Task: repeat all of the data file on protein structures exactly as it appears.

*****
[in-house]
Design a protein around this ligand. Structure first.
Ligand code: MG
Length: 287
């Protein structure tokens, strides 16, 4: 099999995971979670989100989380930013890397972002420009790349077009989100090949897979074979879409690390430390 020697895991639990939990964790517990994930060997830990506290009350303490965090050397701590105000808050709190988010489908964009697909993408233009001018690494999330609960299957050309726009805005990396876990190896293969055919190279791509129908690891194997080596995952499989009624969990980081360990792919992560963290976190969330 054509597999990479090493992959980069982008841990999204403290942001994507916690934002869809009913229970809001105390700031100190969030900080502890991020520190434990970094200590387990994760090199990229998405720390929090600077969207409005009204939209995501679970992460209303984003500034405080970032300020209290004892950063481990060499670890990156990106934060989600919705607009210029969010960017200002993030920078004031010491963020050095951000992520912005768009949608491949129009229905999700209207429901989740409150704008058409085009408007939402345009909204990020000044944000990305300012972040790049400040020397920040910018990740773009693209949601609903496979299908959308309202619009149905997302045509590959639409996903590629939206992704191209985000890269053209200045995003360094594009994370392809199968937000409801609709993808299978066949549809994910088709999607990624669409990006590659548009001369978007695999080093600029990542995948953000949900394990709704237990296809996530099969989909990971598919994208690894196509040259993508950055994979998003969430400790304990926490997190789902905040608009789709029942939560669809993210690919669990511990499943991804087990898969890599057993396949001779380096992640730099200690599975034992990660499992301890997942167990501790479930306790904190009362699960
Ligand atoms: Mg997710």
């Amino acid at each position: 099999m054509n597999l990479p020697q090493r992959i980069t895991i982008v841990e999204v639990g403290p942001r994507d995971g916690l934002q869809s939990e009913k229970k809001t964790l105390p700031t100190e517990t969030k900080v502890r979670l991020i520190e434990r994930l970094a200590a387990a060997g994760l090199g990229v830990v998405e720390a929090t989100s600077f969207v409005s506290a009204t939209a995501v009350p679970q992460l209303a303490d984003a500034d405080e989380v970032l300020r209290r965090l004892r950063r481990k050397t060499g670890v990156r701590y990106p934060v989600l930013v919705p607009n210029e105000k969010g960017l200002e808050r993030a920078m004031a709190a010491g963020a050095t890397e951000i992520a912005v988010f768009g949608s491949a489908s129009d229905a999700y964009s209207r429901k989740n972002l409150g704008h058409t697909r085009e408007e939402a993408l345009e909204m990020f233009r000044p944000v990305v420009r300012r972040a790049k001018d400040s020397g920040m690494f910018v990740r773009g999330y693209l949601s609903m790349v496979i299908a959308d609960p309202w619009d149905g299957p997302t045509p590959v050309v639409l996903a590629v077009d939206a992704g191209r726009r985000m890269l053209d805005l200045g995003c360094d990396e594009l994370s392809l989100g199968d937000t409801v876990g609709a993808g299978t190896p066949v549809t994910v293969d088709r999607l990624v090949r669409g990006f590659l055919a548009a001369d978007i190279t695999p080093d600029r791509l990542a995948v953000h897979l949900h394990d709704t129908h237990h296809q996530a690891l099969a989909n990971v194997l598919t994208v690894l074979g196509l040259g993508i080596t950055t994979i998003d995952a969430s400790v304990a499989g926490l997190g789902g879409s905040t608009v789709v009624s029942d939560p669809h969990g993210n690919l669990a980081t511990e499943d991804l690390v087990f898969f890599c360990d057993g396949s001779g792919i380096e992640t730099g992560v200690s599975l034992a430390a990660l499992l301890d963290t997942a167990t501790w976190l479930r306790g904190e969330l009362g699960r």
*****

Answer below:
[in-house]
Design a protein around this ligand. Structure first.
Ligand code: MG
Length: 287
């Protein structure tokens, strides 16, 4: 099999995971979670989100989380930013890397972002420009790349077009989100090949897979074979879409690390430390 020697895991639990939990964790517990994930060997830990506290009350303490965090050397701590105000808050709190988010489908964009697909993408233009001018690494999330609960299957050309726009805005990396876990190896293969055919190279791509129908690891194997080596995952499989009624969990980081360990792919992560963290976190969330 054509597999990479090493992959980069982008841990999204403290942001994507916690934002869809009913229970809001105390700031100190969030900080502890991020520190434990970094200590387990994760090199990229998405720390929090600077969207409005009204939209995501679970992460209303984003500034405080970032300020209290004892950063481990060499670890990156990106934060989600919705607009210029969010960017200002993030920078004031010491963020050095951000992520912005768009949608491949129009229905999700209207429901989740409150704008058409085009408007939402345009909204990020000044944000990305300012972040790049400040020397920040910018990740773009693209949601609903496979299908959308309202619009149905997302045509590959639409996903590629939206992704191209985000890269053209200045995003360094594009994370392809199968937000409801609709993808299978066949549809994910088709999607990624669409990006590659548009001369978007695999080093600029990542995948953000949900394990709704237990296809996530099969989909990971598919994208690894196509040259993508950055994979998003969430400790304990926490997190789902905040608009789709029942939560669809993210690919669990511990499943991804087990898969890599057993396949001779380096992640730099200690599975034992990660499992301890997942167990501790479930306790904190009362699960
Ligand atoms: Mg997710």
């Amino acid at each position: 099999m054509n597999l990479p020697q090493r992959i980069t895991i982008v841990e999204v639990g403290p942001r994507d995971g916690l934002q869809s939990e009913k229970k809001t964790l105390p700031t100190e517990t969030k900080v502890r979670l991020i520190e434990r994930l970094a200590a387990a060997g994760l090199g990229v830990v998405e720390a929090t989100s600077f969207v409005s506290a009204t939209a995501v009350p679970q992460l209303a303490d984003a500034d405080e989380v970032l300020r209290r965090l004892r950063r481990k050397t060499g670890v990156r701590y990106p934060v989600l930013v919705p607009n210029e105000k969010g960017l200002e808050r993030a920078m004031a709190a010491g963020a050095t890397e951000i992520a912005v988010f768009g949608s491949a489908s129009d229905a999700y964009s209207r429901k989740n972002l409150g704008h058409t697909r085009e408007e939402a993408l345009e909204m990020f233009r000044p944000v990305v420009r300012r972040a790049k001018d400040s020397g920040m690494f910018v990740r773009g999330y693209l949601s609903m790349v496979i299908a959308d609960p309202w619009d149905g299957p997302t045509p590959v050309v639409l996903a590629v077009d939206a992704g191209r726009r985000m890269l053209d805005l200045g995003c360094d990396e594009l994370s392809l989100g199968d937000t409801v876990g609709a993808g299978t190896p066949v549809t994910v293969d088709r999607l990624v090949r669409g990006f590659l055919a548009a001369d978007i190279t695999p080093d600029r791509l990542a995948v953000h897979l949900h394990d709704t129908h237990h296809q996530a690891l099969a989909n990971v194997l598919t994208v690894l074979g196509l040259g993508i080596t950055t994979i998003d995952a969430s400790v304990a499989g926490l997190g789902g879409s905040t608009v789709v009624s029942d939560p669809h969990g993210n690919l669990a980081t511990e499943d991804l690390v087990f898969f890599c360990d057993g396949s001779g792919i380096e992640t730099g992560v200690s599975l034992a430390a990660l499992l301890d963290t997942a167990t501790w976190l479930r306790g904190e969330l009362g699960r």